work  of  the  Braggs  on  crystal  structure  by  X-ray  spectrography,  it  is  flrst  contended 
that  only  poiar  compounds  have  been  studied,  which  are  not  representative  of  com- 
poumls  in  general.  These  polsir  compounds  the  author  considers  built  up  of  atoms 
bound  by  Secondary  or  residual  valency.  The  whole  crystal  must  be  regarded  as  a 
single  molecule.  Solid  non-polar  compounds  he  considers  consist  of  **  group 
molecules'*  in  which  groups  the  atoms  an'  bound  by  primary  valency  but  which 
groups  in  turn  are  bound  by  secondary  valency  to  form  a  large  "crystal 
molecule/  *  which  is  in  principle  the  theory  of  Wyrobouff  modernized.  It  is  contended 
that  there  is  no  present  juHtification  for  dividing  interatomic  or  intermolecular  forces 
\nto physicui «ii^  chemicalioTnef^.  It  is  better  to  regard  all  such  forces  as  purely 
chemical.  Hence,  evaporation,  condensation,  solution,  crystallization,  adsorption, 
surface  tension,  etc.,  should  be  n»garded  as  typically  chemical  processes,  and  the 
object  of  the  paper  is  to  show  that  present  chemical  knowledge  is  directly  applicable 
to  their  study.  Since  solid  substances  in  general  are  held  together  by  secondary 
rather  than  primary  valency,  there  are  few  limitations  to  the  number  of  compounds 
capable  of  existence  in  solid  state.  Most  of  these  have  compositions  which  could  not 
be  predicted  from  the  ordinary  rules  of  ^^lency.  It  is  concluded  that  the  attractive 
forces  (affinity)  between  atoms  reach  a  maximumintensity  when  the  distance  between 
adjacent  atoms  in  solids  is  increased  by  about  0.6  x  10"^  cm.  (10%-30^  of  normal 
inter\'al).  Surfaces  of  solids  contain  more  potential  energy  than  corresponding  arrays 
•^►f  atoms  in  the  interior.  This  intense  surface  field  of  force  (unsaturated  chemical 
afiinity)  is  one  of  the  causes  of  condensation  and  evaporation  phenomena.  Surfaces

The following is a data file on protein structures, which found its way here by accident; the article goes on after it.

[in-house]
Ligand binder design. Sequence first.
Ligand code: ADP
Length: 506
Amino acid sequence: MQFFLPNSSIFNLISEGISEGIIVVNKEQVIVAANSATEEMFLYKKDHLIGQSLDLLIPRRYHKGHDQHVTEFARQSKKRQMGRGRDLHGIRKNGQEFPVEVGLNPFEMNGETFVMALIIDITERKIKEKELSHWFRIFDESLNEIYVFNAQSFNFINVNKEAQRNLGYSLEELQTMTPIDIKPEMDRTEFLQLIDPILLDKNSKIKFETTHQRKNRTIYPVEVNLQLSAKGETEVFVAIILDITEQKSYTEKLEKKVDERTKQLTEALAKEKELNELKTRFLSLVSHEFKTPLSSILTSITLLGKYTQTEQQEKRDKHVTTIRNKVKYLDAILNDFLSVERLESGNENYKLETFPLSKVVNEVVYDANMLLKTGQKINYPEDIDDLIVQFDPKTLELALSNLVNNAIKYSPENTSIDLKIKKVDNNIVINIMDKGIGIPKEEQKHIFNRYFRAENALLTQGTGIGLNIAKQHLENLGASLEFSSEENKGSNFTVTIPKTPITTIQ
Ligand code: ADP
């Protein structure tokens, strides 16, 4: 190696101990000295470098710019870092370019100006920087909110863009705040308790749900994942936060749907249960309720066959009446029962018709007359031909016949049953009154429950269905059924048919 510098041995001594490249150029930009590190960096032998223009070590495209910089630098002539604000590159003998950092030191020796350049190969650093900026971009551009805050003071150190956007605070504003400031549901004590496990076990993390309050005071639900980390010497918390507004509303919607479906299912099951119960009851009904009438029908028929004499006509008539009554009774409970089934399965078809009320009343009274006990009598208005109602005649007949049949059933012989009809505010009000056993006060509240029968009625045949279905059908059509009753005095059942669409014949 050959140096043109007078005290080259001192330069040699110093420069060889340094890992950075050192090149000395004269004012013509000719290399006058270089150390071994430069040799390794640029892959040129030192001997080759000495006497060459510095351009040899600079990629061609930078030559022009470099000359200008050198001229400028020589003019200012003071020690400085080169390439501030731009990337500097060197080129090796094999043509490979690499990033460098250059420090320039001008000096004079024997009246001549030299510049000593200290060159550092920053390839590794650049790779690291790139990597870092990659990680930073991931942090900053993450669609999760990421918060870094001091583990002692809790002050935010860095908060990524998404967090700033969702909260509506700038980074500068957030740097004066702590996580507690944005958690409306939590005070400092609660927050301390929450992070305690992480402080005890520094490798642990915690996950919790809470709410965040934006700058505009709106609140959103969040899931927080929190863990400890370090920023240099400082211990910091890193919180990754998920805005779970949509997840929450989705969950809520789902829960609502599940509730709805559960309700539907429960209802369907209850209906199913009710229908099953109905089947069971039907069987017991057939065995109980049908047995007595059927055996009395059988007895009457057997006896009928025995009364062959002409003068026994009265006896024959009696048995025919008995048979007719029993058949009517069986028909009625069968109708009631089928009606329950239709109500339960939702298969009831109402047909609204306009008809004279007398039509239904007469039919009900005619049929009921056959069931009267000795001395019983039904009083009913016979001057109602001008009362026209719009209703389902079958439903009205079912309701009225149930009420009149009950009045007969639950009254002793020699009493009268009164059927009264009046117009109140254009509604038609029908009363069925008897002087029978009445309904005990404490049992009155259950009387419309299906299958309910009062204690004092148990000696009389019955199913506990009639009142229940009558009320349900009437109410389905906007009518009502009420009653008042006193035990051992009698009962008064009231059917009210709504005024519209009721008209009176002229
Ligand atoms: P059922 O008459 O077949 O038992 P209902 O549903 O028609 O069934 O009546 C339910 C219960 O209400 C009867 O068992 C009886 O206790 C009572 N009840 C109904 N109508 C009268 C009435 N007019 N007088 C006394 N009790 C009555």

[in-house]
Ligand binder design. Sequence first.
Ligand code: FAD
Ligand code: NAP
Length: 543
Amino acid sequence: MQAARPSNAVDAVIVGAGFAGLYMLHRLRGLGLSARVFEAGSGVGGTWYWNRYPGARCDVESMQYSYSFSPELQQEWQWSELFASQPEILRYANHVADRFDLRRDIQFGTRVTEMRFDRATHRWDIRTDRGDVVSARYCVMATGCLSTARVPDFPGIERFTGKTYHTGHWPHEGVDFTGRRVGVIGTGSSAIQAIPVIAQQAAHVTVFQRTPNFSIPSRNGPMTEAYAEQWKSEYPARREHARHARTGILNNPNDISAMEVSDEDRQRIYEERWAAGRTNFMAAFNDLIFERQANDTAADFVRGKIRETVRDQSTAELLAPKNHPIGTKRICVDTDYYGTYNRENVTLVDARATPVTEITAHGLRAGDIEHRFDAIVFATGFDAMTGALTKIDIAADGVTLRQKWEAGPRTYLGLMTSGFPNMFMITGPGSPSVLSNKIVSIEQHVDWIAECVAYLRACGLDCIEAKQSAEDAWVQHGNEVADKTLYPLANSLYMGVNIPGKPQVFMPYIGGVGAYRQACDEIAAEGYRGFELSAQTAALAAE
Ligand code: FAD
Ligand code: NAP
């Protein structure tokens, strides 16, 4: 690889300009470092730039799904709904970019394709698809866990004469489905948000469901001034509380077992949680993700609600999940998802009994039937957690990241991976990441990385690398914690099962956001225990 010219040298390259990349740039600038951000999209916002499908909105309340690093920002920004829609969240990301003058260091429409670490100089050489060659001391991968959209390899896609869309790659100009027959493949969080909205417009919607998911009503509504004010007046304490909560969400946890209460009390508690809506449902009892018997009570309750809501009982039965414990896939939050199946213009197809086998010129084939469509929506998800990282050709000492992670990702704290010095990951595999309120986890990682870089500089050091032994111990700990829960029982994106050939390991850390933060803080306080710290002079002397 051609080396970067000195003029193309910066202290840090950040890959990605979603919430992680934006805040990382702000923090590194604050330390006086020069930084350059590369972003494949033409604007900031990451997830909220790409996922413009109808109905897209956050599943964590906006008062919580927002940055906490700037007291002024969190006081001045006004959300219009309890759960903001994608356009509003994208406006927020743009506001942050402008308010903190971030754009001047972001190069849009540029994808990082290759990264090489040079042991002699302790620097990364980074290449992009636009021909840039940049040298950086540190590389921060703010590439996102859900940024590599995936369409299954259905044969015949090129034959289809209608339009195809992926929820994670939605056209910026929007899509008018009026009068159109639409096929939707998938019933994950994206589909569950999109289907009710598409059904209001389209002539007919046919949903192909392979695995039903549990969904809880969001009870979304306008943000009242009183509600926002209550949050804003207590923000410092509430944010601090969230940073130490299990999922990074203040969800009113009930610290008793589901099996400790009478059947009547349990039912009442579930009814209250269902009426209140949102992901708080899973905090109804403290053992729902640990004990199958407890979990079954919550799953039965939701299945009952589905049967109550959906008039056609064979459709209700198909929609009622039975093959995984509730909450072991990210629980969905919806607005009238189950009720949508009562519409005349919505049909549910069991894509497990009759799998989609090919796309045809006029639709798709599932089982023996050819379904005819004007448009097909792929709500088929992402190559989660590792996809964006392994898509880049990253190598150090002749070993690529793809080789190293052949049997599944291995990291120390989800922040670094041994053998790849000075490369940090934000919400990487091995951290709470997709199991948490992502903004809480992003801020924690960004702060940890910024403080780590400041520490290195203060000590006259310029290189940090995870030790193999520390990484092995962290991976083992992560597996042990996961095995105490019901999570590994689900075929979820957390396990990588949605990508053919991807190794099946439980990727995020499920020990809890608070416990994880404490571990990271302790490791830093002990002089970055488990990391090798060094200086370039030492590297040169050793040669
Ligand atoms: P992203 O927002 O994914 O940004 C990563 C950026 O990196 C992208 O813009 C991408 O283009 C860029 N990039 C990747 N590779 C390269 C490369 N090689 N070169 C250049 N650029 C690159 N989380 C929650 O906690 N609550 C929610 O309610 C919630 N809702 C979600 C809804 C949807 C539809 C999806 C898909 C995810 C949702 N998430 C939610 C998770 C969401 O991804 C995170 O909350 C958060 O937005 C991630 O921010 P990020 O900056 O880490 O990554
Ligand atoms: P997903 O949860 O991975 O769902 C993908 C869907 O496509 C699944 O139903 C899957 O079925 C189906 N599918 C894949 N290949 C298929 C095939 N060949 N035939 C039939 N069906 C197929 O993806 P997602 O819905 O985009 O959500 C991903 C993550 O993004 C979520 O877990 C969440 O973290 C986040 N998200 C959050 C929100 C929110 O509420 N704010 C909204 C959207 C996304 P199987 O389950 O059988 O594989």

of  solids  are  inelastic  as  regards  impinging  molecules,  a  highly  interesting  differentia- 
tion between  reversible  and  irreversible  evaporation.  Condensation,  etc.,  is  made, 
and  adsorption  connected  with  the  hysteresis  in  the  evaporation-condensation  process. 
Poisoning  of  contact  catalysts  is  attributed  to  mon-atomic  *' stable"  films  over  the 
surface.  ■  A  law  of  ** surface  action  '*  analogous  to  '*  law  of  mass"  action  is  proposed 
in  regard  to  heterogeneous  reactions.  It  is  applied  to  heterogeneous  gas  reactions 
and  enzyme  reactions.  The  second  installment  will  deal  with  tlie  structure  of  liquids 
and  will  endeavor  to  replace  the  vague  chemical  information  on  the  shapes,  cross 
sections,  lengths,  etc. ,  of  the  group  molecules  of  liquids. 

Studies  in  the  Measurement  of  the  Elec-        W.  A.  Taylor  and  S.  F.  Acree 
trical  Conductivity  of  Solutions  at 
Different  Frequencies 

J,  Amer.  Cheni.  Soc,  1916,  p.  2396 

Various  types  of  alternating  current  generators  are  discussetl.    Vreeland  oscillators 
give  pure  sine- wave  and  variable  frequency. 

Digitized  by  LjOOQIC 

Investigations  of  Bridge  Methods,  Resi-         W.  A.  Taylor  and  S.  F.  Acree